People wearing protective masks walk on an empty street in Itaewon following the COVID-19 outbreak in Seoul, South Korea, May 14, 2020. (Photo: Agencies)
SEOUL - South Korea was faced with rising downside risks to the economy due to the COVID-19 outbreak across the world, a government report said Friday.
The Ministry of Economy and Finance said in its monthly economic assessment report called Green Book that the economy saw the expanded downside risks, given that the COVID-19 outbreak weakened domestic demand, struck the labor market and reduced export.
The report noted that concerns lasted over the global economic downturn due to the worsening of economic data in advanced economies and the expanded risk factors in emerging market economies, despite a gradual resumption of economic activities in major economies.
Credit card spending slipped 5.7 percent in April from a year earlier, after sliding 4.3 percent in the previous month.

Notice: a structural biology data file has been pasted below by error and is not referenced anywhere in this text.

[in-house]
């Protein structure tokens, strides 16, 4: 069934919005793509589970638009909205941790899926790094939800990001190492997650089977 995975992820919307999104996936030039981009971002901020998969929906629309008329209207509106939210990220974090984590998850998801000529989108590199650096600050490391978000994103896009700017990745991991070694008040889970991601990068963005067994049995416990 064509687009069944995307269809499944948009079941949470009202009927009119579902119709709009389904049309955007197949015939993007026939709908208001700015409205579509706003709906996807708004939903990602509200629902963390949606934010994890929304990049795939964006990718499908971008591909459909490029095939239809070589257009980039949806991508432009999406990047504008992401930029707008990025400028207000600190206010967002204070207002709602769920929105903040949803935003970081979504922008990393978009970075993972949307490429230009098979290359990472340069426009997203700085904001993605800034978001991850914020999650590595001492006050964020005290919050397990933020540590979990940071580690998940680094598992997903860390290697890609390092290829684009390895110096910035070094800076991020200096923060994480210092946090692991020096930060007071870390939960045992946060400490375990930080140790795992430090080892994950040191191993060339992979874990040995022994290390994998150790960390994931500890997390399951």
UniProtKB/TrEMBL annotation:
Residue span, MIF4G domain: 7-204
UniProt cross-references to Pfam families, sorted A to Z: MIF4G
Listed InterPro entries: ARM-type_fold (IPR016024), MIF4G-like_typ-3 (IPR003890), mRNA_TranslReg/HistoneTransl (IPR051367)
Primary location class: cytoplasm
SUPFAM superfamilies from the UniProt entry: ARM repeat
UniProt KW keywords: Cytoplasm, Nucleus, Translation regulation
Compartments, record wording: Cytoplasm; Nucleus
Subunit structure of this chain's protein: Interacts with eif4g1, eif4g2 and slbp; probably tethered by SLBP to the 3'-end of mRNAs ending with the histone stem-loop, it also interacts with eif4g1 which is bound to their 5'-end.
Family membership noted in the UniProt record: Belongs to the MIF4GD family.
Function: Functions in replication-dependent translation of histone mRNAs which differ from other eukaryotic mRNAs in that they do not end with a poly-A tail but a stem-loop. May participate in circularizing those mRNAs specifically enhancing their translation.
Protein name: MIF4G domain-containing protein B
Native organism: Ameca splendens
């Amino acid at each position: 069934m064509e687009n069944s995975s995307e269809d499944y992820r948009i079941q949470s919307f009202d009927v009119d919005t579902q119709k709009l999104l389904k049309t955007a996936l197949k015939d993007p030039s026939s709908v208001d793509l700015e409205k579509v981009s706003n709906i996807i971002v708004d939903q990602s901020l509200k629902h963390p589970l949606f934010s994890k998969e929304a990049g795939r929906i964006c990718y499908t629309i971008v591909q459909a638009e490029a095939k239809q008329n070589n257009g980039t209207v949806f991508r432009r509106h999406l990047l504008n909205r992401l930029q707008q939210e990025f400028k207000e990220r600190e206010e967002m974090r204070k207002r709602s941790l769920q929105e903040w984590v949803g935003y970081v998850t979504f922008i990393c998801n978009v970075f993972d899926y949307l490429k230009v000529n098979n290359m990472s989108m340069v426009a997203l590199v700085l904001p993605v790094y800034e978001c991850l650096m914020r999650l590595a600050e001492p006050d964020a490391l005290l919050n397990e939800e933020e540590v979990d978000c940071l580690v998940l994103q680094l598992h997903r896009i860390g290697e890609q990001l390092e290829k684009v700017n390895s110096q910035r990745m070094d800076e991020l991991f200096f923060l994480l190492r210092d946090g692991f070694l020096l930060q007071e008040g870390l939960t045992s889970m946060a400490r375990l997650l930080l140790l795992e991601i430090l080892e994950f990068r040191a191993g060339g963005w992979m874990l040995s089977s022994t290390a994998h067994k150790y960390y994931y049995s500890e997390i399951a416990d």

It was the first time since relevant data began to be compiled in 2004 that the credit card spending contracted for two straight months.
Revenue for discount outlets fell 0.9 percent last month, continuing to go down for the third consecutive month.
Department store revenue slumped 14.7 percent in April, after dropping 30.6 percent in February and 34.6 percent in March respectively.
Revenue by online retailers jumped 19.9 percent in the month owing to an increased non-face-to-face consumption, caused by the coronavirus pandemic.
Passenger car sale in the domestic market gained 11.6 percent in April thanks to a temporary consumption tax cut.
Consumer price inched up 0.1 percent in April from a year earlier, the slowest increase in six months since October last year.
Production in all industries fell 0.3 percent in March from a month earlier. Output in the mining and manufacturing sector expanded 4.6 percent, but the services industry production declined 4.4 percent.
Export, which accounts for about half of the South Korean economy, plunged 24.3 percent in April from a year ago on weakened global demand, production disruption and lower oil product price.
The number of those employed plunged 476,000 in April from a year earlier, marking the biggest fall in more than 21 years.